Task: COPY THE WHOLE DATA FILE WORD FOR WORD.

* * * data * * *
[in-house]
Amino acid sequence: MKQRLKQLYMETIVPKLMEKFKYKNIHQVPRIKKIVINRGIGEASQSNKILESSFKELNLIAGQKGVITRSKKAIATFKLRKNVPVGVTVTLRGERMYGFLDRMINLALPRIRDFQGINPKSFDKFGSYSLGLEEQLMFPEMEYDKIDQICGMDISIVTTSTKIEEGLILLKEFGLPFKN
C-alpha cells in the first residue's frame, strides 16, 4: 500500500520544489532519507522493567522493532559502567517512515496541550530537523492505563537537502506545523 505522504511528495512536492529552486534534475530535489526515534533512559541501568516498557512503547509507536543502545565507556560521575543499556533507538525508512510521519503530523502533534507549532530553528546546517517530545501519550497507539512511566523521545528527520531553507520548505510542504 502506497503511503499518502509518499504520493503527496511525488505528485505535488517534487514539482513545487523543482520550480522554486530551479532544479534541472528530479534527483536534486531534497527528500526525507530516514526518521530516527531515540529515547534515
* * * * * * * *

[in-house]
Amino acid sequence: MKQRLKQLYMETIVPKLMEKFKYKNIHQVPRIKKIVINRGIGEASQSNKILESSFKELNLIAGQKGVITRSKKAIATFKLRKNVPVGVTVTLRGERMYGFLDRMINLALPRIRDFQGINPKSFDKFGSYSLGLEEQLMFPEMEYDKIDQICGMDISIVTTSTKIEEGLILLKEFGLPFKN
C-alpha cells in the first residue's frame, strides 16, 4: 500500500520544489532519507522493567522493532559502567517512515496541550530537523492505563537537502506545523 505522504511528495512536492529552486534534475530535489526515534533512559541501568516498557512503547509507536543502545565507556560521575543499556533507538525508512510521519503530523502533534507549532530553528546546517517530545501519550497507539512511566523521545528527520531553507520548505510542504 502506497503511503499518502509518499504520493503527496511525488505528485505535488517534487514539482513545487523543482520550480522554486530551479532544479534541472528530479534527483536534486531534497527528500526525507530516514526518521530516527531515540529515547534515